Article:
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Canon European Masters
Crans, Switzerland
3rd - 6th September 1998

Par 71 Prize Money 800,000

Final Round Report

Double joy for Struver on 18th to beat Sjoland


Crans-sur-Sierre, Switzerland, 6th September 1998 - Germany's Sven Struver twice turned up trumps at the 18th hole on his way to landing the European Masters title on Sunday.

Struver initially had a birdie on the last hole to force a play-off with Swede Patrik Sjoland, then produced another birdie on the 18th -- the first extra hole of sudden-death -- to win the tournament.

Both Struver and Sjoland had finished on 21-under-par 263, two shots ahead of playing-partner Darren Clarke of Northern Ireland, after carding 66 and 70 respectively.

Struver had started the last round four shots behind the Swede but wiped out the deficit by following up his two eagle-twos on the third round with another on the 290-yard seventh.

A drive onto the green guarded by the Matterhorn put the squeeze on Sjoland but the Swede, despite missing three short birdie putts, then moved three shots away from Struver with three successive birdies from the ninth.

However, with the finishing-line in sight, Sjoland faltered with two more bogeys to be caught again. Even then, he edged back one in front with a birdie at the 17th.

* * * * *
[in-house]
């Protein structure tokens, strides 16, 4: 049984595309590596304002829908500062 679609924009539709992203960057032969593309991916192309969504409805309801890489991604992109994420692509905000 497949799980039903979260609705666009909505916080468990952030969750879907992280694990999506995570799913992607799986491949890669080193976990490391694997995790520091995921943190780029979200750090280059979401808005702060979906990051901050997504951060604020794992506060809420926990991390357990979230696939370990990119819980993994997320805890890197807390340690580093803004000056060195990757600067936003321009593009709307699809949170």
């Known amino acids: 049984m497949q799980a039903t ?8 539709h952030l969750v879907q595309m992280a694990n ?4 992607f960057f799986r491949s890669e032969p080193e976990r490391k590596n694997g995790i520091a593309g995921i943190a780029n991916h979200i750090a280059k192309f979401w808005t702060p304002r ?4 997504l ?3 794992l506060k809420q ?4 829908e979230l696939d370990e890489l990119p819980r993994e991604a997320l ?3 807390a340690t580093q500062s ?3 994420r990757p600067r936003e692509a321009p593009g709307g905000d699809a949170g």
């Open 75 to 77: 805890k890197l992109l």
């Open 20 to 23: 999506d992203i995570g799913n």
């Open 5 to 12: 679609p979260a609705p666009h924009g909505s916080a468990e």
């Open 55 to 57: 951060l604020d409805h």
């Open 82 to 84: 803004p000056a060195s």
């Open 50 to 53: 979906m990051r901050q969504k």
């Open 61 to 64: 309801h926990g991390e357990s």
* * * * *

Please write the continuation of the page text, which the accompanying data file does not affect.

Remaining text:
Yet Struver was not to be denied, seizing a birdie at the last, and when he and Sjoland faced 10-foot putts at the first extra hole, it was the German's which went to ground.

"I've never won in a sudden-death before," said Struver, son of a teaching pro, "so it's a good way to add my third title.

"I came from seven shots behind Ernie Els to win my first, the South African PGA Championship, so that was pretty memorable, but this was real excitement.

"I thought I'd need to shoot 63 or 64 to beat Patrik and wouldn't have thought 66 was good enough but the key was definitely the 18th. I played it five times altogether and birdied it four times."

Three missed putts of around the five-foot mark before getting back on a roll, and then failure to master the late par-fives, cost Sjoland his second win of the year, he maintained.

"Sadly I couldn't hole short putts on six, seven and eight which just shaved the hole and the back nine par-fives were the key to losing in the end," said the Swede.

"I hit bad drives on both the long holes and didn't give myself birdie chances. I think the two extra shots would have been two much for Sven then, but he did magnificently to birdie the 18th twice to win."

Clarke birdied four of the last five holes but a double-bogey on the short third denied him his chance of a play-off, and the 50,000 pounds ($83,320) he earned was not enough for him to take over on top of Europe's rankings.

That was because England's Lee Westwood closed with a 68 to earn a share of 12th place and keep Clarke 5,498 pounds ($9,161) short of overtaking him on top of the money-winning list.

Colin Montgomerie would have been overtaken for third place on the rankings if Sjoland had prevailed but the Scot kept his spot despite double-bogeying the last for a second day running to finish 12th with Westwood.

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